The News
The News
Monday 08 of March 2021

Venezuelan Protests Economic Crisis Through Currency Art


A man picks up a two-bolivar Venezuelan bill with a drawing by artist José León at his workshop in Maracaibo, Venezuela. León makes art out of the worthless bills,photo: Reuters/Stringer
A man picks up a two-bolivar Venezuelan bill with a drawing by artist José León at his workshop in Maracaibo, Venezuela. León makes art out of the worthless bills,photo: Reuters/Stringer
Bills worth one fifth of a U.S. cent with the crisis have become an artistic denouncement

CARACAS — With Venezuela‘s highest denomination bill now worth less than a stick of gum, one local designer is protesting his country’s economic crisis through currency art.

A two-bolivar Venezuelan bill with a drawing by artist José León. Photo: Reuters/Stringer.
A two-bolivar Venezuelan bill with a drawing by artist José León. Photo: Reuters/Stringer.

José León, 24, has been covering the faces of national heroes on the smallest bills of two bolivars — worth one fifth of a U.S. cent at the black market rate — with the intricately-stenciled faces of American superheroes.

“One day, I was paid in two bolivar notes: what a pain! At night, watching the (U.S. superhero) film ‘Deadpool,’ I decided to draw it on the bills,” said the tattooist and amateur cartoonist.

“People started rejecting the two bolivar bills. I travel a lot by bus, and they wouldn’t accept them. Not even for a cigarette. Nothing.”

Bills in Venezuela have become a serious nuisance after the currency’s precipitous fall in value. The largest 100 bolivar note is worth just 10 cents on the black market and people often carry bags full of money for basic purchases.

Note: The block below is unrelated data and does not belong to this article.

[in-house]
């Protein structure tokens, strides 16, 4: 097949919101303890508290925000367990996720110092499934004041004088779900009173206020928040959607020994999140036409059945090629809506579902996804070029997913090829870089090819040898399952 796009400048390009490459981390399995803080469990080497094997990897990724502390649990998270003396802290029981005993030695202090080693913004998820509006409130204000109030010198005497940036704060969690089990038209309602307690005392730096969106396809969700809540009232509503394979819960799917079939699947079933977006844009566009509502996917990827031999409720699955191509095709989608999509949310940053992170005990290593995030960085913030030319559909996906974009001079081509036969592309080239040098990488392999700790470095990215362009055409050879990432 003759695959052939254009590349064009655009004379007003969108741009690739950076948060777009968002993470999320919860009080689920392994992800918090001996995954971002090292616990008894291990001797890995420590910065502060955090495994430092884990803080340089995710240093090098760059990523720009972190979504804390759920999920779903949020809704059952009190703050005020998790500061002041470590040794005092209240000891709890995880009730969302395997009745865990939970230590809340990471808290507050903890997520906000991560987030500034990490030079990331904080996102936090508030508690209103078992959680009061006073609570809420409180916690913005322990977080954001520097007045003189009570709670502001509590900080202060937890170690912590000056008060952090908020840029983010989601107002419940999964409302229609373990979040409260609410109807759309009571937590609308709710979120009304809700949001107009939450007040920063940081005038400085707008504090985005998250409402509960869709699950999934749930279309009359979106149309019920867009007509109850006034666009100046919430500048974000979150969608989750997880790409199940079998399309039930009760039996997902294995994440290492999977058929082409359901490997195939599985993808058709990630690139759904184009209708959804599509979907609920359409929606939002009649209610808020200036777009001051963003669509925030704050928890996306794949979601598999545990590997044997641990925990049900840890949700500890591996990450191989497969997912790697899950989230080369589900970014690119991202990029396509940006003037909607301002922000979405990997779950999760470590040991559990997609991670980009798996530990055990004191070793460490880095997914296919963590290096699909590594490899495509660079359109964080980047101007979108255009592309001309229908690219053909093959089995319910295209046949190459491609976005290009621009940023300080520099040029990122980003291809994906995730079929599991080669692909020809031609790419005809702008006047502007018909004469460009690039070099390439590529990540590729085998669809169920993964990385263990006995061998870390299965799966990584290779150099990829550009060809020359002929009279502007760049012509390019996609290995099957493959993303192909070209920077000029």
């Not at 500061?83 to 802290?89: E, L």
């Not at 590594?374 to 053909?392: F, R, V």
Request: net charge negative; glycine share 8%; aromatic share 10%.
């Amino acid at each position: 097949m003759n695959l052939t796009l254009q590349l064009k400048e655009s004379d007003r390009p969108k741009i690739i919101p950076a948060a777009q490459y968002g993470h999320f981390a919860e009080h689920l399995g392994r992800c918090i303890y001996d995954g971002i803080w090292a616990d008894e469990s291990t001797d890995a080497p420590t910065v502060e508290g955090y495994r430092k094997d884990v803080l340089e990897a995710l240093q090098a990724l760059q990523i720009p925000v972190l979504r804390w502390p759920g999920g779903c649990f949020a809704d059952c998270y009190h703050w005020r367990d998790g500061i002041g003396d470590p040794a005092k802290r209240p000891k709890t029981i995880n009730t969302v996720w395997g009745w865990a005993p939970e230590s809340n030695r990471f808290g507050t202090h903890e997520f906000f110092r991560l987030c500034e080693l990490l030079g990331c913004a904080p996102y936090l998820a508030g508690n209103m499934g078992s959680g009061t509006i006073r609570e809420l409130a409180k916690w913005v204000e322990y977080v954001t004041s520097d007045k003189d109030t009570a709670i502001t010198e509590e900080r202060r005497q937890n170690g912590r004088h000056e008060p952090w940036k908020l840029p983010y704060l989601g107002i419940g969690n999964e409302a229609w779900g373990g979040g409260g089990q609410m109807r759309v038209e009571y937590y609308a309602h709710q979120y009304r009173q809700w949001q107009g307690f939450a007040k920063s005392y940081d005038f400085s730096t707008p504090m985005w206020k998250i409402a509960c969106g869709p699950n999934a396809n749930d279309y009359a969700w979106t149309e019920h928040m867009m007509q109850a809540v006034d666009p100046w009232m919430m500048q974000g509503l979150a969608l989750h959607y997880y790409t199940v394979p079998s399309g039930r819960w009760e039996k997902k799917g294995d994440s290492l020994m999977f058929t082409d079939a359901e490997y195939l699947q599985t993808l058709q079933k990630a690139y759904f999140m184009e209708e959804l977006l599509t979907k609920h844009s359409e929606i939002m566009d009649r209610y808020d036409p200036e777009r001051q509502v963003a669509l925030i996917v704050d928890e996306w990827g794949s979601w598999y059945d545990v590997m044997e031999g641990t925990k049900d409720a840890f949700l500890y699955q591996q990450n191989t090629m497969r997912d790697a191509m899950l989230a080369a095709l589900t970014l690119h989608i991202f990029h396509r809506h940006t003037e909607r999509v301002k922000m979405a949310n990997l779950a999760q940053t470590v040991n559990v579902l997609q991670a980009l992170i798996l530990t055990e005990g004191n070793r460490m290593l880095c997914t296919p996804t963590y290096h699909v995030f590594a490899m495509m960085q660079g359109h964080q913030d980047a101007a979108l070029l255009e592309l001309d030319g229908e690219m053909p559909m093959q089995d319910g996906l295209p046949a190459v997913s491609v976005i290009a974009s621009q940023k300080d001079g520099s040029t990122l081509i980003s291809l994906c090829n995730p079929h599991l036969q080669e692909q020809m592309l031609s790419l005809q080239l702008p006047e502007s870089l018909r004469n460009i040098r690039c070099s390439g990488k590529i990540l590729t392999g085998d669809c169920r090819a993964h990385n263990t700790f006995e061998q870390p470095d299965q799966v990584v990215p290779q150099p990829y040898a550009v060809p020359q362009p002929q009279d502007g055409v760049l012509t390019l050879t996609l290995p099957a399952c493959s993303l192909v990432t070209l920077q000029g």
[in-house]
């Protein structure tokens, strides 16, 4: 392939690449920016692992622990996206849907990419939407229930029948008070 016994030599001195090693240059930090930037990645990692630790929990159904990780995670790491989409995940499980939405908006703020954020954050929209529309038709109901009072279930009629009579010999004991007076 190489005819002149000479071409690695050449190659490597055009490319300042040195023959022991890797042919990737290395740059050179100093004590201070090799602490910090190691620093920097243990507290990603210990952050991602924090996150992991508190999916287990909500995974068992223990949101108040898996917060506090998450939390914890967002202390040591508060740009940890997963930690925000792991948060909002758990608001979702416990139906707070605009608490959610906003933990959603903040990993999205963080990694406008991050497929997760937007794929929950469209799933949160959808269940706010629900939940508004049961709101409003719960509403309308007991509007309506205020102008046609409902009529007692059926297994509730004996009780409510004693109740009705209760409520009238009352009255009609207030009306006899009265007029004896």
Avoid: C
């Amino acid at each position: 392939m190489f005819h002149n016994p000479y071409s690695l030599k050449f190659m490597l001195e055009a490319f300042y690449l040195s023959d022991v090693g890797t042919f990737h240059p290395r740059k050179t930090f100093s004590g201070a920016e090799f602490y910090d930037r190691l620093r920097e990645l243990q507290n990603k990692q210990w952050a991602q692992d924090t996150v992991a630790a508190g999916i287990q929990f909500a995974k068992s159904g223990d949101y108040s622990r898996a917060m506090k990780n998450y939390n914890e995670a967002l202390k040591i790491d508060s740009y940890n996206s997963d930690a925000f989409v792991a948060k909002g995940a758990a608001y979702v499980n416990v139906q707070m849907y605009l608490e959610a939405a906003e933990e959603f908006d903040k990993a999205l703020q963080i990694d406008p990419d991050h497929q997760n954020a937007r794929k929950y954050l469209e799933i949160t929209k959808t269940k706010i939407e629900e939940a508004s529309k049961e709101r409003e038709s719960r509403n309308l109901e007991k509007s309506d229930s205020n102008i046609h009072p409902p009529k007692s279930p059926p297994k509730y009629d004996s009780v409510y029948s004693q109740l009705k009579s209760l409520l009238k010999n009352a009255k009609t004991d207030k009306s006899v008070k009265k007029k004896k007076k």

José León's art was criticized by a pro-government website for replacing national heroes for foreigners. Photo: Reuters/Stringer.
José León’s art was criticized by a pro-government website for replacing national heroes for foreigners. Photo: Reuters/Stringer.

León has been covering the faces of Venezuela‘s independence heroes including Francisco de Miranda with images from Star Wars to Batman.

After exhibiting his work on Instagram, he received hundreds of reactions and a hashtag was born: #VenezuelaDevaluada (#VenezuelaDevalued).(instagram.com/lion_mix/)

“It is a protest against a government that takes away my hopes and dreams,” León said from Venezuela‘s second city Maracaibo where his murals adorn city walls.

Looting and food protests are occurring daily in Venezuela, hit by triple-digit inflation and a scarcity of basic goods.

While critics blame 17 years of socialist policies, President Nicolás Maduro says the opposition, business leaders and Washington are sabotaging the economy.

A pro-government website blasted León’s “childish” work, saying he was replacing homegrown heroes with “Yankees.”

EYANIR CHINEA